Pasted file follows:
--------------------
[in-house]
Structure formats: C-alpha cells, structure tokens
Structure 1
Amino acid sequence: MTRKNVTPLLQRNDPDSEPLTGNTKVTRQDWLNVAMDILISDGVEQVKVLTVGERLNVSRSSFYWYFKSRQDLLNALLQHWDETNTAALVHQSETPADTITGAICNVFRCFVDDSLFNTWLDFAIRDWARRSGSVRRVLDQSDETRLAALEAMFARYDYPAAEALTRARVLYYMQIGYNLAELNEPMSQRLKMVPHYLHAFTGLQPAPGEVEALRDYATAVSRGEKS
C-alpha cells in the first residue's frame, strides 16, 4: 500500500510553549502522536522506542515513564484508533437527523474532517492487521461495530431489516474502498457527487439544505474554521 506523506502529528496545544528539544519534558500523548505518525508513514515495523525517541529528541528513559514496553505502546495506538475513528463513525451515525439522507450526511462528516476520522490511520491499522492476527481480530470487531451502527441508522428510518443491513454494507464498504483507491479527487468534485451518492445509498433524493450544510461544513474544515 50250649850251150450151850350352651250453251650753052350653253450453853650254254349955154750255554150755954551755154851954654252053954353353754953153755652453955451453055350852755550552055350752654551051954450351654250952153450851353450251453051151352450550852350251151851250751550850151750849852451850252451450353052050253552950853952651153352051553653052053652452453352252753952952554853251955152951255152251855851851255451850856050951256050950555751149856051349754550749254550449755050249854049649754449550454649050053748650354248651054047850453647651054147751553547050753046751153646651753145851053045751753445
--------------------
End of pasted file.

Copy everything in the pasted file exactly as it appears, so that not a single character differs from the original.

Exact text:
[in-house]
Structure formats: C-alpha cells, structure tokens
Structure 1
Amino acid sequence: MTRKNVTPLLQRNDPDSEPLTGNTKVTRQDWLNVAMDILISDGVEQVKVLTVGERLNVSRSSFYWYFKSRQDLLNALLQHWDETNTAALVHQSETPADTITGAICNVFRCFVDDSLFNTWLDFAIRDWARRSGSVRRVLDQSDETRLAALEAMFARYDYPAAEALTRARVLYYMQIGYNLAELNEPMSQRLKMVPHYLHAFTGLQPAPGEVEALRDYATAVSRGEKS
C-alpha cells in the first residue's frame, strides 16, 4: 500500500510553549502522536522506542515513564484508533437527523474532517492487521461495530431489516474502498457527487439544505474554521 506523506502529528496545544528539544519534558500523548505518525508513514515495523525517541529528541528513559514496553505502546495506538475513528463513525451515525439522507450526511462528516476520522490511520491499522492476527481480530470487531451502527441508522428510518443491513454494507464498504483507491479527487468534485451518492445509498433524493450544510461544513474544515 50250649850251150450151850350352651250453251650753052350653253450453853650254254349955154750255554150755954551755154851954654252053954353353754953153755652453955451453055350852755550552055350752654551051954450351654250952153450851353450251453051151352450550852350251151851250751550850151750849852451850252451450353052050253552950853952651153352051553653052053652452453352252753952952554853251955152951255152251855851851255451850856050951256050950555751149856051349754550749254550449755050249854049649754449550454649050053748650354248651054047850453647651054147751553547050753046751153646651753145851053045751753445